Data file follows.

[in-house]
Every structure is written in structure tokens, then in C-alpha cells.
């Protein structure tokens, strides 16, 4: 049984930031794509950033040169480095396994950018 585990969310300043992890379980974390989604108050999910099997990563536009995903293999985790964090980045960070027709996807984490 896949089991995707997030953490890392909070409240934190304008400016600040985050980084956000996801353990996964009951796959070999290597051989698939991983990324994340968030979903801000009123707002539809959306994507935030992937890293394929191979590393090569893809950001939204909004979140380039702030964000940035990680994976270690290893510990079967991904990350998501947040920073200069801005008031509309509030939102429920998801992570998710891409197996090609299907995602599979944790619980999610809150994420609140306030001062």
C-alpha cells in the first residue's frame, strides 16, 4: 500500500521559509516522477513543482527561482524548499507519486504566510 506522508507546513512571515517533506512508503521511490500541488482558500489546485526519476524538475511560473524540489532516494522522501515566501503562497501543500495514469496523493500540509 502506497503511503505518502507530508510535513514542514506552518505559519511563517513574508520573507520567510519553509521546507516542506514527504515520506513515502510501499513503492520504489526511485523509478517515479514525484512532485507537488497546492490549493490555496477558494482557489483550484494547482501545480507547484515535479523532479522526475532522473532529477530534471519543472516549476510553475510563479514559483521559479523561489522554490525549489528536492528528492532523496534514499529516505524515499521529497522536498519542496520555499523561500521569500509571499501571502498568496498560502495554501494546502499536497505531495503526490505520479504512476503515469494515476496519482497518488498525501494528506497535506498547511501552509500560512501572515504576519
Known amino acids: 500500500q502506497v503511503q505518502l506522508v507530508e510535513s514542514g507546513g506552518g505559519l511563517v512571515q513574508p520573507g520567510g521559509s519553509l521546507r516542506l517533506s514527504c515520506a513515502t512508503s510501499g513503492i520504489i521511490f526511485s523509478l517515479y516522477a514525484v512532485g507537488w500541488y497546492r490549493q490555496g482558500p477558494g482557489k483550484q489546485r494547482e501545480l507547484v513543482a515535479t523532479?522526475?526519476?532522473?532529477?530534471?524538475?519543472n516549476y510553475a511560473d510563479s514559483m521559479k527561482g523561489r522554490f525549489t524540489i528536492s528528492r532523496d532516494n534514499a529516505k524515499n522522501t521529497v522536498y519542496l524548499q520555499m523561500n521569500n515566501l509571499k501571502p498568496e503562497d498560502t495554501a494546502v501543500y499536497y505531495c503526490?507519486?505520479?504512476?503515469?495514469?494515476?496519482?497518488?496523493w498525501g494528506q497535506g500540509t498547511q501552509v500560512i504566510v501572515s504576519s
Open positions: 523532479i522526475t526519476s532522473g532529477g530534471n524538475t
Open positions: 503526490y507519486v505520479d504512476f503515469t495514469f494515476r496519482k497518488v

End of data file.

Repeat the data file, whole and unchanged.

[in-house]
Every structure is written in structure tokens, then in C-alpha cells.
């Protein structure tokens, strides 16, 4: 049984930031794509950033040169480095396994950018 585990969310300043992890379980974390989604108050999910099997990563536009995903293999985790964090980045960070027709996807984490 896949089991995707997030953490890392909070409240934190304008400016600040985050980084956000996801353990996964009951796959070999290597051989698939991983990324994340968030979903801000009123707002539809959306994507935030992937890293394929191979590393090569893809950001939204909004979140380039702030964000940035990680994976270690290893510990079967991904990350998501947040920073200069801005008031509309509030939102429920998801992570998710891409197996090609299907995602599979944790619980999610809150994420609140306030001062």
C-alpha cells in the first residue's frame, strides 16, 4: 500500500521559509516522477513543482527561482524548499507519486504566510 506522508507546513512571515517533506512508503521511490500541488482558500489546485526519476524538475511560473524540489532516494522522501515566501503562497501543500495514469496523493500540509 502506497503511503505518502507530508510535513514542514506552518505559519511563517513574508520573507520567510519553509521546507516542506514527504515520506513515502510501499513503492520504489526511485523509478517515479514525484512532485507537488497546492490549493490555496477558494482557489483550484494547482501545480507547484515535479523532479522526475532522473532529477530534471519543472516549476510553475510563479514559483521559479523561489522554490525549489528536492528528492532523496534514499529516505524515499521529497522536498519542496520555499523561500521569500509571499501571502498568496498560502495554501494546502499536497505531495503526490505520479504512476503515469494515476496519482497518488498525501494528506497535506498547511501552509500560512501572515504576519
Known amino acids: 500500500q502506497v503511503q505518502l506522508v507530508e510535513s514542514g507546513g506552518g505559519l511563517v512571515q513574508p520573507g520567510g521559509s519553509l521546507r516542506l517533506s514527504c515520506a513515502t512508503s510501499g513503492i520504489i521511490f526511485s523509478l517515479y516522477a514525484v512532485g507537488w500541488y497546492r490549493q490555496g482558500p477558494g482557489k483550484q489546485r494547482e501545480l507547484v513543482a515535479t523532479?522526475?526519476?532522473?532529477?530534471?524538475?519543472n516549476y510553475a511560473d510563479s514559483m521559479k527561482g523561489r522554490f525549489t524540489i528536492s528528492r532523496d532516494n534514499a529516505k524515499n522522501t521529497v522536498y519542496l524548499q520555499m523561500n521569500n515566501l509571499k501571502p498568496e503562497d498560502t495554501a494546502v501543500y499536497y505531495c503526490?507519486?505520479?504512476?503515469?495514469?494515476?496519482?497518488?496523493w498525501g494528506q497535506g500540509t498547511q501552509v500560512i504566510v501572515s504576519s
Open positions: 523532479i522526475t526519476s532522473g532529477g530534471n524538475t
Open positions: 503526490y507519486v505520479d504512476f503515469t495514469f494515476r496519482k497518488v